Croydon Kings booked their place in the South Australia NPL grand final after defeating West Adelaide 4-3 on penalties, following a 1-1 draw at Adelaide Shores Football Centre.
West Adelaide opened the scoring however, with Ricardo Da Silva firing home a loose ball from a Nathan Andijanto corner in the 18th minute.
Croydon almost got back on level terms two minutes later when Joseph Punturieri was picked out alone in the penalty area, but he shot straight at West Adelaide keeper Lewis Moss.
Croydon got their equaliser in the 33rd minute though, with Andreas Weins tapping home a Shaun McGreevy cut back.
West Adelaide looked to regain their lead early in the second half, with Thomas Briscoe firing off a long distance shot, which curled just wide.
But in the 52nd minute, things took a turn for the worse for West Adelaide when midfielder Tom Guttormsen received a straight red card for a foul on Luke Klimek.
Two minutes later, McGreevy had a chance to give Croydon the lead, but he smashed his half volley over the crossbar.
In the 60th minute, Weins picked out McGreevy with a cross, but Moss made a good save to deny the attacker’s powerful strike.
Elias Vlassis tried his luck from distance for the home side, but his shot sailed just over the cross bar.
Croydon turned the screw in an attempt to snatch a late winner, with Rocco Visconte chipping McGreevy through on goal, who chested the ball down, then fired just wide of the post.
In the last minute of normal time, Croydon winger Mohamed Kamara cut in from the left, before finding space at the top of the penalty area to shoot, but his low drive grazed the outside of the post.
Croydon almost made it 2-1 two minutes into extra time when Visconte weaved through West Adelaide’s defence, before cutting back to McGreevy, but Moss did well to tip the striker’s shot past the post.
In the 104th minute, Kamara skipped past two defenders then picked out Weins in the penalty area, but Moss somehow kept the goalscorer’s effort out to keep the scores level.
Croydon continued to pepper West Adelaide’s goal for the remainder of extra time, but Moss stood tall to force the game to a penalty shootout.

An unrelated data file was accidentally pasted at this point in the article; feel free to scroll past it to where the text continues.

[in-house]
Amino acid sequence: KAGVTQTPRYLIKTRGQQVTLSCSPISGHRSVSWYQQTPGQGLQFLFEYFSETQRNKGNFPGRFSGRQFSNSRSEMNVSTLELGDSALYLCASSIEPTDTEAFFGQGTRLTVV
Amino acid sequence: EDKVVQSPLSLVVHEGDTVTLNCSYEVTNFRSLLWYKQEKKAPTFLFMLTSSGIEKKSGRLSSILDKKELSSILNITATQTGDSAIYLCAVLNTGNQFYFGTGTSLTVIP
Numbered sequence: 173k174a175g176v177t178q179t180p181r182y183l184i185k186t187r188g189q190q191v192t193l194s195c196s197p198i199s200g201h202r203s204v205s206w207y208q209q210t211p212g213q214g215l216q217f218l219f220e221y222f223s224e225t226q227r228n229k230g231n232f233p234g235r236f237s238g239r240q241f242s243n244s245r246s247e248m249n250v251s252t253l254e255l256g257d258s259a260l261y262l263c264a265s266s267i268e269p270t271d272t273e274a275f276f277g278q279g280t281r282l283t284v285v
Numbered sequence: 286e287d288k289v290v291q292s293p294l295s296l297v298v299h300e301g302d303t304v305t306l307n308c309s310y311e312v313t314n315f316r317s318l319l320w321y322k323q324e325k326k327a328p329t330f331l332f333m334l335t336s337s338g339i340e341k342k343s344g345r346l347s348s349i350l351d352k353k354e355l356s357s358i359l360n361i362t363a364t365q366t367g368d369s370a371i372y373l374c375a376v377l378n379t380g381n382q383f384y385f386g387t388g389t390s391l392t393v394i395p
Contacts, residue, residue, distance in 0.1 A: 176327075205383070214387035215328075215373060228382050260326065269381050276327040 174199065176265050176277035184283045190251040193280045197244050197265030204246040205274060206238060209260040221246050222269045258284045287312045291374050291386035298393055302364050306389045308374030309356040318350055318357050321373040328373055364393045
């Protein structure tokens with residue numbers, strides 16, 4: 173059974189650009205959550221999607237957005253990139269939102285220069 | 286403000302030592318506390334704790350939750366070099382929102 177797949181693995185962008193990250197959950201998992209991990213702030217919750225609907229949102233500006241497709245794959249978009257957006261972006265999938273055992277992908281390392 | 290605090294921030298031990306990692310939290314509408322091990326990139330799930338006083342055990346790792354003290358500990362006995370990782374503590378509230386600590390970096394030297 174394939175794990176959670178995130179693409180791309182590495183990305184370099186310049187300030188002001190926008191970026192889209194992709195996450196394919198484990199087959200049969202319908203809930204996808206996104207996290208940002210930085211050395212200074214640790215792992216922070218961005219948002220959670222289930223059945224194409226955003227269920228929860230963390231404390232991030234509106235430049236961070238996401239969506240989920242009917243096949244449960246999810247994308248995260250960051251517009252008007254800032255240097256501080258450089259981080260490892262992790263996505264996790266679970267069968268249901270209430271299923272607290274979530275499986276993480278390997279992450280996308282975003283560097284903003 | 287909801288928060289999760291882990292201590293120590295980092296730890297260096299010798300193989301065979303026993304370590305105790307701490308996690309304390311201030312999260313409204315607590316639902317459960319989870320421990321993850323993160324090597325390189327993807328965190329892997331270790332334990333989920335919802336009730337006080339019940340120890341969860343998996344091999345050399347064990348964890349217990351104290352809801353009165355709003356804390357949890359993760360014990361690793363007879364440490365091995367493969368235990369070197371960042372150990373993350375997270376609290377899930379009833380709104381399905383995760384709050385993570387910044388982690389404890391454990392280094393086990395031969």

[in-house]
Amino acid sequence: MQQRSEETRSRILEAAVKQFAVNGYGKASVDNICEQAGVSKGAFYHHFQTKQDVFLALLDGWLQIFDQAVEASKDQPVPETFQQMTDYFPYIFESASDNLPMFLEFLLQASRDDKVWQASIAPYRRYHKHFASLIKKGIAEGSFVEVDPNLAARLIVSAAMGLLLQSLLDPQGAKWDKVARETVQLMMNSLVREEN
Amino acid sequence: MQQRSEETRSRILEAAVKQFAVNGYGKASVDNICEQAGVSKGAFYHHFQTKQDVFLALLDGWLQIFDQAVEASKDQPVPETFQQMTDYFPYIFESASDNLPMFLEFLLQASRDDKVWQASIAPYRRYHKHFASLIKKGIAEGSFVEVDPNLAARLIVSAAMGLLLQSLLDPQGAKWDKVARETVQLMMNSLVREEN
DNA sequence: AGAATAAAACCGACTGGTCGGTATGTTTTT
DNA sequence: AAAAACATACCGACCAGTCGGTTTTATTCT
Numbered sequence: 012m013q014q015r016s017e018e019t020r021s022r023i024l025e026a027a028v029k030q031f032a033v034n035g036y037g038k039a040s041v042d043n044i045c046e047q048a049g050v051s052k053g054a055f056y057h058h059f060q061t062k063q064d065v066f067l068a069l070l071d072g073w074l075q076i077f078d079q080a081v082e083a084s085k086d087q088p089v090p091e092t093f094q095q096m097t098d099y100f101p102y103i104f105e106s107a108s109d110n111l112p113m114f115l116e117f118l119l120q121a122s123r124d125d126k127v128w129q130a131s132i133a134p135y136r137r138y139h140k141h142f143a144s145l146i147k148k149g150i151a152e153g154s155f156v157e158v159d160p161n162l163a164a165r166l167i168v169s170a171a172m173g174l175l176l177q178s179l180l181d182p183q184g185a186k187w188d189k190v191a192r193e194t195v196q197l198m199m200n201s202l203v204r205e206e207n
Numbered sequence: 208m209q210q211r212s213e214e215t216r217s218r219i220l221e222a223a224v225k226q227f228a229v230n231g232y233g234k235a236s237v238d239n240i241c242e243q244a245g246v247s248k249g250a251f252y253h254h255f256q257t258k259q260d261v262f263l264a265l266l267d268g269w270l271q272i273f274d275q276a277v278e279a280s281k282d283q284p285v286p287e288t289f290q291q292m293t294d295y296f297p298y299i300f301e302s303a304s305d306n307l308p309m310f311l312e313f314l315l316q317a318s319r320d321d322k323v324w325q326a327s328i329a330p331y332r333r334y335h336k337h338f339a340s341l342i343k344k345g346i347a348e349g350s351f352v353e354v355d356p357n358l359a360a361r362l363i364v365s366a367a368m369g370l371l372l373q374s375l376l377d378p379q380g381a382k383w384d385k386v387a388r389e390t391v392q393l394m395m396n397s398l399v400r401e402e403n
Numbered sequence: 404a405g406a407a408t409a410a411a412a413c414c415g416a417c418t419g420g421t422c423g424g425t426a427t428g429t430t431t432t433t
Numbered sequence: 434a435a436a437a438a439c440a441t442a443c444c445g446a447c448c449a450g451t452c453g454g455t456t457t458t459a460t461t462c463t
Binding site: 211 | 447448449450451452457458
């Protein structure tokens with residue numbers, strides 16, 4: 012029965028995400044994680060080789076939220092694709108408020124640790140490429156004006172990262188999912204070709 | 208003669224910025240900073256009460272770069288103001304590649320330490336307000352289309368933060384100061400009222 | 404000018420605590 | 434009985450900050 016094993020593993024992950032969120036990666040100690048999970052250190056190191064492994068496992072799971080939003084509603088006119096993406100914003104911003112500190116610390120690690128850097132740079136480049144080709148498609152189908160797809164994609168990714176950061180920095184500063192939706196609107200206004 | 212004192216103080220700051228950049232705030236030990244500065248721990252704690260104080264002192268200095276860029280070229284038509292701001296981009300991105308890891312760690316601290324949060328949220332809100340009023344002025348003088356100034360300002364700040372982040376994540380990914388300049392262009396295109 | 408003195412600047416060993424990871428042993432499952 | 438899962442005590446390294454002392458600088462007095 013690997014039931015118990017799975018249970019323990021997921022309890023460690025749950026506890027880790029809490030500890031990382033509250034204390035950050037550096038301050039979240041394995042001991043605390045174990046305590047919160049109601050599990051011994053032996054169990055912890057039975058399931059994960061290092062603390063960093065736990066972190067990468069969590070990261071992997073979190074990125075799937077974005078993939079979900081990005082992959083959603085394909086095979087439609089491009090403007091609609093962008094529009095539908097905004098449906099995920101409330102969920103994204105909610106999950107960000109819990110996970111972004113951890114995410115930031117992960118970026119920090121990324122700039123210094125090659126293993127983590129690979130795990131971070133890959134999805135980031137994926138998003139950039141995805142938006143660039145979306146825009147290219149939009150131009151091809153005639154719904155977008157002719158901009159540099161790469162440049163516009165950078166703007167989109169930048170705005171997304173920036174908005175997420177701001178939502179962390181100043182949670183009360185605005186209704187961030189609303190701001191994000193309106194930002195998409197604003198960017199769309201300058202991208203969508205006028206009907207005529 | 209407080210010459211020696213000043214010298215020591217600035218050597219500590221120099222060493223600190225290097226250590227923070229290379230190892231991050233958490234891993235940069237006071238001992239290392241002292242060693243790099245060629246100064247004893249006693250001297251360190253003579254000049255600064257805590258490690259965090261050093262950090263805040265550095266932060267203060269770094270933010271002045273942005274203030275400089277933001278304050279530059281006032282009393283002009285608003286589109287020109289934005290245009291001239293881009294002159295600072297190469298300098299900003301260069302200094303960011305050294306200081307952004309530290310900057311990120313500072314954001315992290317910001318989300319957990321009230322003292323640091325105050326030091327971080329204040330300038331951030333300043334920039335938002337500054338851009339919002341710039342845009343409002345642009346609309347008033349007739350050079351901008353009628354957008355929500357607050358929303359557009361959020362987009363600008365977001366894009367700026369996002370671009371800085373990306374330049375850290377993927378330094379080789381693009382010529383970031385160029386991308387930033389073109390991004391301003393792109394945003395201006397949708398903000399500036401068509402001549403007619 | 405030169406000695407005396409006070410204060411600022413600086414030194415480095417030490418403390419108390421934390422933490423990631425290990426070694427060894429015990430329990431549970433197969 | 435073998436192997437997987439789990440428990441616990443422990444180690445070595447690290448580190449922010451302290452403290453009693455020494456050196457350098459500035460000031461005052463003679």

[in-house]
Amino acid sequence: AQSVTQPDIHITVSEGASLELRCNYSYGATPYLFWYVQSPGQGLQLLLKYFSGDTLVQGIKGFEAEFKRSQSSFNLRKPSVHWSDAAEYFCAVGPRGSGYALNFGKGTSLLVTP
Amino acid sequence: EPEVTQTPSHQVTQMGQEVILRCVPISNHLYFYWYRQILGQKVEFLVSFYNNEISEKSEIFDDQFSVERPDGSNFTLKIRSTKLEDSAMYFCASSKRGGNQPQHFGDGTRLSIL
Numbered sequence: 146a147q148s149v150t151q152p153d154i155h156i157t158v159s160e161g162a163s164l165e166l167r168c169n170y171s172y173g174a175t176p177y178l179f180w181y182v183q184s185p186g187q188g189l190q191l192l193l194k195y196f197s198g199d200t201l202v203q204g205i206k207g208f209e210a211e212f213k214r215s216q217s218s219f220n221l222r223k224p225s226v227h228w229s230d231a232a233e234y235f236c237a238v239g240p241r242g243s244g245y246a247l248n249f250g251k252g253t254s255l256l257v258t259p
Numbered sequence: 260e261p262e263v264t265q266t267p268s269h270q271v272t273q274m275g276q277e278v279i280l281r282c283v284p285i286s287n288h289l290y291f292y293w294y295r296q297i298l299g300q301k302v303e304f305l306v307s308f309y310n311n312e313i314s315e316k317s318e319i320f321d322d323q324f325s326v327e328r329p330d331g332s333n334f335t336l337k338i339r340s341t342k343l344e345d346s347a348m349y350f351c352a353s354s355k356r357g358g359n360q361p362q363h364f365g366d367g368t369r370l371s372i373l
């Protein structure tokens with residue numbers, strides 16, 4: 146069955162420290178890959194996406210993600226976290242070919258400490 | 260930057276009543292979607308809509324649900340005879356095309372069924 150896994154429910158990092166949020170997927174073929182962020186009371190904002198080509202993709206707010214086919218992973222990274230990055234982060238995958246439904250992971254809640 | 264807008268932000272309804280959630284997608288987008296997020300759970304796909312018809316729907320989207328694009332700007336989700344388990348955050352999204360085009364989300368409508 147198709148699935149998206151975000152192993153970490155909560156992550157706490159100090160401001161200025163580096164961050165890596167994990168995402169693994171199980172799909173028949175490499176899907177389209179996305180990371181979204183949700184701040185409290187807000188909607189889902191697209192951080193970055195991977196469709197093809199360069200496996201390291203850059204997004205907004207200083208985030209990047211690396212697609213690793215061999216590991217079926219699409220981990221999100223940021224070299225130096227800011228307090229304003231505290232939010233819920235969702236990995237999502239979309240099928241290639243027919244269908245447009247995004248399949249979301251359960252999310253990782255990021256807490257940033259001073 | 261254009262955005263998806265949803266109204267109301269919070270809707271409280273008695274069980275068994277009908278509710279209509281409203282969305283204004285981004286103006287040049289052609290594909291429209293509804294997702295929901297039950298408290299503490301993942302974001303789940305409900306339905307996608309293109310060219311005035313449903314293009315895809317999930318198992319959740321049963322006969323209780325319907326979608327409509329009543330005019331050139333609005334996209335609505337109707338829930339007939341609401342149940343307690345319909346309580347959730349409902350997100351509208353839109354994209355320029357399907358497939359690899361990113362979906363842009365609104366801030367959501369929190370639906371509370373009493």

But it was Moss’ opposite number, Nicholas Munro, who was the hero after the penalty shootout, saving Vlassis’ spot kick, before watching Briscoe’s effort come back off the crossbar to send Croydon into the final.
Croydon captain Luke Klimek was full of praise for his goalkeeper Munro.
“At the end of extra time, our sole focus was on the penalties and we are all confident in our abilities in taking penalties and with the best keeper in the league we felt confident we could get the job done,” he said.
“We sustained West Adelaide’s pressure in the first half, then in the second half and extra time we were able to control more possession and thus control the game.”
Croydon now face premiers MetroStars in the final at Coopers Stadium on Saturday.
“We need to keep doing what we have done in the past three games,” Klimek said.
“If we do that, we are confident we can get the job done against Metro.”
Meanwhile, West Adelaide finished their first season back in the top flight in third place.
Striker Thomas Briscoe felt West Adelaide were the stronger team up until the red card.
“I think given the circumstances of the red card, the team performed valiantly and battled well for 65 minutes to keep ourselves in it and get to penalties and give ourselves a chance there,” Briscoe said.
“Unfortunately it wasn’t to be, but that’s football and this is what happens in penalty shootouts.”
Briscoe labelled West Adelaide’s first season back in the Premier League as superb.
“We upset big teams and had some great moments, unfortunately no silver to go with it, but a great first year back in the top flight,” he said.
“I cannot knock any of the boys’ efforts at all this year and we showed what kind of team and club we are in the last hour against Croydon, but unfortunately the cookie didn’t crumble our way this time.
“The team can take a lot out of this year and look to put that to good use as motivation going into next year.”
Image courtesy of Adam Butler